On the occasion of the "Make the Paris of Biodiversity" event (1) organized by the Paris City Hall, the Foundation for Research on Biodiversity (FRB), the French Global Environment Facility (FFEM) and the Institute for Research for Development (IRD) present at the Jardin Villemin (Paris 10e), Oases at the top of the Andes, an exhibition of photographs by the French research director at the IRD and ecologist Olivier Dangles. This event illustrates the BioTHAW scientific program that these three institutions have been supporting for the past five years. It illustrates the strong links between nature and man in the high tropical Andes, challenged by climate change, new agricultural practices and mining.
En every place on the planet, people are struggling daily to preserve their environment. The exhibition of photographs Oases at the top of the Andes takes a special look at the strong links between nature and human beings in the high tropical Andes. This age-old relationship is now threatened by climate change, new agricultural practices and mining. The conservation of these environments and their sustainable management pose immense challenges that a multidisciplinary research team has highlighted by scoping out possible futures.
The high tropical Andes stretch from Ecuador to Bolivia at an altitude of 4,000 metres. They are home to wetlands where man and nature have interacted for centuries. A true oasis for biodiversity, they are home to populations that raise llamas and alpacas. These precious ecosystems also have an exceptional water retention capacity. They contribute to the water supply of millions of inhabitants in the metropolises located downstream of these high altitude areas.
In recent years, camelids have given way to cattle, mining and agricultural activities, which are sources of degradation. Rising temperatures and melting glaciers are disrupting the water cycle. Increasingly fragmented, these oases are under the double threat of new forms of human activities and climate change.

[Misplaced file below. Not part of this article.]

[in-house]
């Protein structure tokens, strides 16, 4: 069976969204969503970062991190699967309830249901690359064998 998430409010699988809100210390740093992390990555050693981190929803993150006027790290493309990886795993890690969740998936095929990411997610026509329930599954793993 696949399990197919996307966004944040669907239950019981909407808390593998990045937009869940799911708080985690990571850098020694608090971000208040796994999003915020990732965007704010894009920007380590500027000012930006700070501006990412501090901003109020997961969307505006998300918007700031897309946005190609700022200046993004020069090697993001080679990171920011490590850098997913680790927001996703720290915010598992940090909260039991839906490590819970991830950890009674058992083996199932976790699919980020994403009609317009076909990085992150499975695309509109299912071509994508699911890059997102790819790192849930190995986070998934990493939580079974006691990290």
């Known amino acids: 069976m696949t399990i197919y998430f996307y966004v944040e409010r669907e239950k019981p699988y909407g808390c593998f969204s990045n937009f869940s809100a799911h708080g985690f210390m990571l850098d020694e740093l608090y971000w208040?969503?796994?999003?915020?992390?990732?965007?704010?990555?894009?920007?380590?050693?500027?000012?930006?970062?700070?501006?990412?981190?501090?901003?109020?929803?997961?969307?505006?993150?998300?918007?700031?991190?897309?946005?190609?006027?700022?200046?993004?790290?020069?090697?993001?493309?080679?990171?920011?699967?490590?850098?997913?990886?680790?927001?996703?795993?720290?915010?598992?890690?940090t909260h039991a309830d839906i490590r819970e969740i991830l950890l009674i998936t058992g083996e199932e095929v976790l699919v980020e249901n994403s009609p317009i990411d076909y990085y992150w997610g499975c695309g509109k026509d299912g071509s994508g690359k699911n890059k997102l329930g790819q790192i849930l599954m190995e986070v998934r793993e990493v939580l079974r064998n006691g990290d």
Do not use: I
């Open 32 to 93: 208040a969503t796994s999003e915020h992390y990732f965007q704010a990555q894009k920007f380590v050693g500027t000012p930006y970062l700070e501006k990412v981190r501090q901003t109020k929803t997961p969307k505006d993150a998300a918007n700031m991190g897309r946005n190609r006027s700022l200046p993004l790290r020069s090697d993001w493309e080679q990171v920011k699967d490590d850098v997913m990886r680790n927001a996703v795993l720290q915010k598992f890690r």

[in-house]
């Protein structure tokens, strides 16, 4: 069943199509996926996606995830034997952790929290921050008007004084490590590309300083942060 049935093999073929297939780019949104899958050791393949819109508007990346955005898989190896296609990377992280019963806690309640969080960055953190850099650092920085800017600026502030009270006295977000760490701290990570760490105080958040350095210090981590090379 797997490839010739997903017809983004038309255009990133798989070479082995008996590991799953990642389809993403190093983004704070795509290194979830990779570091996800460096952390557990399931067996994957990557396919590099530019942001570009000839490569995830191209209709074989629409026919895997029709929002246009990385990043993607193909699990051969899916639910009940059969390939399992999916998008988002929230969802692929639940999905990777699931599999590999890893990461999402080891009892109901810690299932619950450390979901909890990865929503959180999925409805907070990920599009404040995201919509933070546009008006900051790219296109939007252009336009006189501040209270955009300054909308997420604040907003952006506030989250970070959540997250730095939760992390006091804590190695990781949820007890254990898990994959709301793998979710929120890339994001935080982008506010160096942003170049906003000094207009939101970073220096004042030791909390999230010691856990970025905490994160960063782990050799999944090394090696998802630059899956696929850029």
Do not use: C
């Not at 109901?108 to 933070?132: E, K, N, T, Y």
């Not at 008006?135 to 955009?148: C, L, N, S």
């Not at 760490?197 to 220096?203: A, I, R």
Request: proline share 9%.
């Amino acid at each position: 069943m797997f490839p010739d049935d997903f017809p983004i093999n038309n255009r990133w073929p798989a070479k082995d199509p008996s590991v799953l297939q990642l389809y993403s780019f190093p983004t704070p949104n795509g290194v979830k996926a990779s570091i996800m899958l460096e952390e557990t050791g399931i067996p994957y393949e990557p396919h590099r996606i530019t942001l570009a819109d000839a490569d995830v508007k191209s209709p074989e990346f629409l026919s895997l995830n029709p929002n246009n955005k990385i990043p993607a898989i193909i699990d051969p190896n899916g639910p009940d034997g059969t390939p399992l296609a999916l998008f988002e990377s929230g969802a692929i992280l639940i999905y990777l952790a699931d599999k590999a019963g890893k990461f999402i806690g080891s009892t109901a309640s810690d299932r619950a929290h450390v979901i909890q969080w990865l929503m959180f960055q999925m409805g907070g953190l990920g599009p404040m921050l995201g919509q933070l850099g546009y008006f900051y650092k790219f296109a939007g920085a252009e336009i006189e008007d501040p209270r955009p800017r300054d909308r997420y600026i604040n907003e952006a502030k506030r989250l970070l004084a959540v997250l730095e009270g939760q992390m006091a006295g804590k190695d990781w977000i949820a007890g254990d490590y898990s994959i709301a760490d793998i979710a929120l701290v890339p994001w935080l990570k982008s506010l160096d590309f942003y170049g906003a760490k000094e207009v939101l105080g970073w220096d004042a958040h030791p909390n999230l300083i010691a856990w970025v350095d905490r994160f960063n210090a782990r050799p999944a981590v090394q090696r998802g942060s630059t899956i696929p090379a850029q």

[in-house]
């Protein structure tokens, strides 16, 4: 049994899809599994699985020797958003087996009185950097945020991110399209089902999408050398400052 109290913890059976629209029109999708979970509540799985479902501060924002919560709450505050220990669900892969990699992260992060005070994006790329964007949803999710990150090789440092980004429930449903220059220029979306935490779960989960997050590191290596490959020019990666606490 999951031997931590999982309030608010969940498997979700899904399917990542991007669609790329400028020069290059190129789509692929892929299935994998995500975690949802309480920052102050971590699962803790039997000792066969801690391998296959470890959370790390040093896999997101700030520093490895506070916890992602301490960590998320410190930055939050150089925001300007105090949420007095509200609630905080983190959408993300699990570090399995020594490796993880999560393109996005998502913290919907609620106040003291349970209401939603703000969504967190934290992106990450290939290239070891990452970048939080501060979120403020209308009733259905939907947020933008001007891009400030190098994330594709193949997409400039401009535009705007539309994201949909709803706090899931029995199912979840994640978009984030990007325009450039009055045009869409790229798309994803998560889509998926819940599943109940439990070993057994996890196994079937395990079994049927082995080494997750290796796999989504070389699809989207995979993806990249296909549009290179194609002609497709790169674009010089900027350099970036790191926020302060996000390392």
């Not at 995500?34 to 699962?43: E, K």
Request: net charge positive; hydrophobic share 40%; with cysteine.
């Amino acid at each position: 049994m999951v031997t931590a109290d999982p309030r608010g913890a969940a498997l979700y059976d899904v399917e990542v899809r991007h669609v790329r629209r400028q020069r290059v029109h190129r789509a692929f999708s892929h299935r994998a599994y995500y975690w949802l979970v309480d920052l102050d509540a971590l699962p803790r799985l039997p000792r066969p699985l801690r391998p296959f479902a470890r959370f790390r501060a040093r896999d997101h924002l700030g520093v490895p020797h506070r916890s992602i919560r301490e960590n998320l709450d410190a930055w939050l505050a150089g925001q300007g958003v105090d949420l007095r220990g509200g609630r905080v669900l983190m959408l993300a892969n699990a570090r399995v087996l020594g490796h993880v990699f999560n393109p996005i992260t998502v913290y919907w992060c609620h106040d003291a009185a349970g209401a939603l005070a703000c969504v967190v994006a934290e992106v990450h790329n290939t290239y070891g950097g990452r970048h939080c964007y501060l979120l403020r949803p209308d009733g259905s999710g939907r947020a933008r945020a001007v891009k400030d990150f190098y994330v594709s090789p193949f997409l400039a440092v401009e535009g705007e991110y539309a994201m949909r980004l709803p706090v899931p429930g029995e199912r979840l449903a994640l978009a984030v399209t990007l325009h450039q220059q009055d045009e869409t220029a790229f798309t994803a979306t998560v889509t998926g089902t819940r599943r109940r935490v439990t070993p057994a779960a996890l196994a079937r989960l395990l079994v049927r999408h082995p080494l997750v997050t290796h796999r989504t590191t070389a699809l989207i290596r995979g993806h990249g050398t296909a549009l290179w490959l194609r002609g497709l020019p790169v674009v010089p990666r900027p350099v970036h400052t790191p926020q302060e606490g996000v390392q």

...which a search team - with the help of the local population - is trying to preserve...
The scientists of the BioTHAW project (2) have sought to understand and anticipate the consequences of the main threats to the wetlands of the high tropical Andes. Their objective: to provide local stakeholders, whether farmers or politicians, with decision-making tools.
Olivier Dangles is an ecologist, research director at the Institut de recherche pour le développement (IRD) and currently a visiting researcher at Cornell University in the United States. For more than fifteen years, Olivier has used his talent as a photographer to communicate the results of scientific research. Olivier Dangles has published 120 scientific articles and five popular books combining scientific texts and photographs.
The research team
The BioThaw project team (2013-2017), composed of some forty international researchers, has developed a number of tools for inhabitants and decision-makers to help them manage their territories while preserving biodiversity as much as possible. To date, the team has published some fifteen scientific articles and three books.
Oases at the top of the Andes - Photo exhibition from April 19th to June 11th 2018 / JARDIN VILLEMIN, 75010 PARIS
(2) BIOdiversity and people facing climate change in Tropical High Andean Wetlands
Header photo: Olivier Dangles
The partners of the exhibition:
The Foundation for Biodiversity Research (FRB)
The KBF's mission is to support and act with research to increase knowledge about biodiversity. The originality of the Foundation lies in the links it creates between the research community, civil society and the business world. The Foundation was created in 2008 - on the initiative of the ministries in charge of research and ecology - by the main research institutes and LVMH. The FRB will celebrate its 10th anniversary in September.
The French Global Intoxication Fund (FFEM)
The FGEF works to reconcile environmental preservation and sustainable development in developing and emerging countries.
Since its creation in 1994, the FGEF has enabled more than 300 projects that reconcile environmental protection and economic growth to emerge and serve as models for the implementation of environmental projects and policies on a larger scale. It is an innovation laboratory that facilitates links between research and development. The BioThaw project is supported by the FGEF.
The Institute for Research for Development (IRD)
An internationally recognized multidisciplinary organization, working mainly in partnership with Mediterranean and inter-tropical countries, the Institute for Development Research is a French public institution under the dual supervision of the Ministries of Higher Education and Research and of Foreign Affairs and International Development. Through its network and its presence in some fifty countries, it has an original approach to research, expertise, training and knowledge sharing for the benefit of territories and countries that make science and innovation one of the first levers of their development.